Scalable Design for Manufacturing, Modeling Optimization for Additive Manufacturing
Navy SBIR FY2018.1


Sol No.: Navy SBIR FY2018.1
Topic No.: N181-094
Topic Title: Scalable Design for Manufacturing, Modeling Optimization for Additive Manufacturing
Proposal No.: N181-094-0023
Firm: Corvid Technologies, LLC
145 Overhill Drive
Mooresville, North Carolina 28117
Contact: Aaron Ward
Phone: (704) 799-6944
Web Site: http://www.corvidtec.com
Abstract: The Navy seeks a framework for generating scalable lattice structures which can be utilized for developing new structural components that are lighter yet achieve improved structural performance. CorvidÉ?Ts design approach will utilize topology optimization to generate an initial distribution of material in the component design. Using the material distribution obtained for the topology optimized component, lattice with same corresponding mechanical properties will be seeded into the computational domain. In order to bridge the multiple scales of the lattice structures, a second round of topology optimization will be performed only at the boundary of the lattice unit cells. This will yield a continuous internal structure utilizing multiple scales of lattice structures to achieve both structural and mass efficiency.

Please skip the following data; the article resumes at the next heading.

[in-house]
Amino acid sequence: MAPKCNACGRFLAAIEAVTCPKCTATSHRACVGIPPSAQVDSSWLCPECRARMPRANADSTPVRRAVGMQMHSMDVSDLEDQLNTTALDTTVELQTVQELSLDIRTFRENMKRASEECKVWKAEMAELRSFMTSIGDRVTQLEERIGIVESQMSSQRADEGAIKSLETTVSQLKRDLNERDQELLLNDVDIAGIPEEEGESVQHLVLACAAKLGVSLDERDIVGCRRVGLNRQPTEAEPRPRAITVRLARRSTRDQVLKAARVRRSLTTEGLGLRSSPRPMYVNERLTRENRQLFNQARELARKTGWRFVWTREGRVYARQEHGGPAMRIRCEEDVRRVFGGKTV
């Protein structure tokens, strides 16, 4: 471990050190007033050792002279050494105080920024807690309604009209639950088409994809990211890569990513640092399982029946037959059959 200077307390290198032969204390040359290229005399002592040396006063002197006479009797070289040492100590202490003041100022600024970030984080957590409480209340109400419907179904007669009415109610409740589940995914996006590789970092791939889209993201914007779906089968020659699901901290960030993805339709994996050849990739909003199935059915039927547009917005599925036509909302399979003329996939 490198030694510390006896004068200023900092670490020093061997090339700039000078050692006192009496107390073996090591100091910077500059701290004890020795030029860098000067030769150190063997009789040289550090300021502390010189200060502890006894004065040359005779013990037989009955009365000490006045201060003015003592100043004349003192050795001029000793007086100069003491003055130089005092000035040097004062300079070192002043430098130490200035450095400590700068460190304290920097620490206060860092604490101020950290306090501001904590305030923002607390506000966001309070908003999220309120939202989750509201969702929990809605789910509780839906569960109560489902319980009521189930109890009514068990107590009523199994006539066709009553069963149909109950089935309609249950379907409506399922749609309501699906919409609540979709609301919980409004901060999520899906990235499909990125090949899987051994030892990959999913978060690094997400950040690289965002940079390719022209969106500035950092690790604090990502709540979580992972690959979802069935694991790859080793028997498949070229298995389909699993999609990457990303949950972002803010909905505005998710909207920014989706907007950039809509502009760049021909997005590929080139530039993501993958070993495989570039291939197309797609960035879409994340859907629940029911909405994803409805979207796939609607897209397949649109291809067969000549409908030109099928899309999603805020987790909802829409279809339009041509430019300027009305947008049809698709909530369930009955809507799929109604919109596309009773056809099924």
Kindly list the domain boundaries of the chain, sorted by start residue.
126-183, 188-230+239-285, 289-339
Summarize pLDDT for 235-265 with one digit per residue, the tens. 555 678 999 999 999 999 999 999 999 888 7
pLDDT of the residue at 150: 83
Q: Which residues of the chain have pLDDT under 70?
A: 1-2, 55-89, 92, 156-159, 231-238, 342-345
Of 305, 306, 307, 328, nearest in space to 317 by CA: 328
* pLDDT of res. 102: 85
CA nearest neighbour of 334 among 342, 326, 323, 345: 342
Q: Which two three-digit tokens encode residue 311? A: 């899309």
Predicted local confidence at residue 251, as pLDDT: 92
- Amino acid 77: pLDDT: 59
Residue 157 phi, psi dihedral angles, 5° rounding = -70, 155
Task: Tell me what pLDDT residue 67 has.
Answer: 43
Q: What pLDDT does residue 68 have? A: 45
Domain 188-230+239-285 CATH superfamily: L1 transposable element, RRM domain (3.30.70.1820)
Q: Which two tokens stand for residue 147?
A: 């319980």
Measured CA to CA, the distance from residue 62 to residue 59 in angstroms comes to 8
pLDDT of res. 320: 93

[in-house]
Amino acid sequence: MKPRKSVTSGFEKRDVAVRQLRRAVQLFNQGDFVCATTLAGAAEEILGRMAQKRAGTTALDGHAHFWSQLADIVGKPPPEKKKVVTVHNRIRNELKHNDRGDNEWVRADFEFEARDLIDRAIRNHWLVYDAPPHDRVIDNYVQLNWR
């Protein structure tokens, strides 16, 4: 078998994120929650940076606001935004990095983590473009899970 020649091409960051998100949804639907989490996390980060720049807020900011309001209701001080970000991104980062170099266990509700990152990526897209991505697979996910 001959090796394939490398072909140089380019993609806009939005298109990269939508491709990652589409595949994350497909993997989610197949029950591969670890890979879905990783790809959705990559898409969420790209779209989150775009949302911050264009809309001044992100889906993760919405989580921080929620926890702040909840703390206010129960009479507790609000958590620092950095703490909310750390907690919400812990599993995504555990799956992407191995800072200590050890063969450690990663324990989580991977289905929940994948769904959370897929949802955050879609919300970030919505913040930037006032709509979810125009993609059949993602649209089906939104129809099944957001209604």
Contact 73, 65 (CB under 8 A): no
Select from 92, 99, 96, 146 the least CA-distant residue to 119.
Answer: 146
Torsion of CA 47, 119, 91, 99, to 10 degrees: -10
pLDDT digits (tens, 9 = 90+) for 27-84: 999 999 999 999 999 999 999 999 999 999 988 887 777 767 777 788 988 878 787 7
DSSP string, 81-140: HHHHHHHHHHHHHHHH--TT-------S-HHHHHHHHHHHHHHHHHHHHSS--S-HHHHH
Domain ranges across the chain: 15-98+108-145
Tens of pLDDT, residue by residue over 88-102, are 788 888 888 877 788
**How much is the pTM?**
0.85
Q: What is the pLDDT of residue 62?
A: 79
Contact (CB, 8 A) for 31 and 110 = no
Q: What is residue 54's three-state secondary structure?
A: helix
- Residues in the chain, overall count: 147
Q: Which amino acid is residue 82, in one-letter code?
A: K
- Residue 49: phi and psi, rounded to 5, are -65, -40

Benefits: The envision tool developed under this effort can be adapted and applied to range of engineering Navy programs. There are several ongoing Navy programs looking to leverage additive manufacturing which could benefit from the design tool being developed. Programs such as MV-22B osprey and developing additive manufactured submersibles are example of current of previous programs which could directly benefit from the improvements developed under this SBIR effort. Outside the expansion into other Navy programs, this tool would be applicable to any engineering technology which weight and strength of paramount importance. The utility of the tool increases as AM becomes more integrated into commercial supply chains. This process is already underway where aerospace is utilizing AM to design engine components and in the automotive industry to design.

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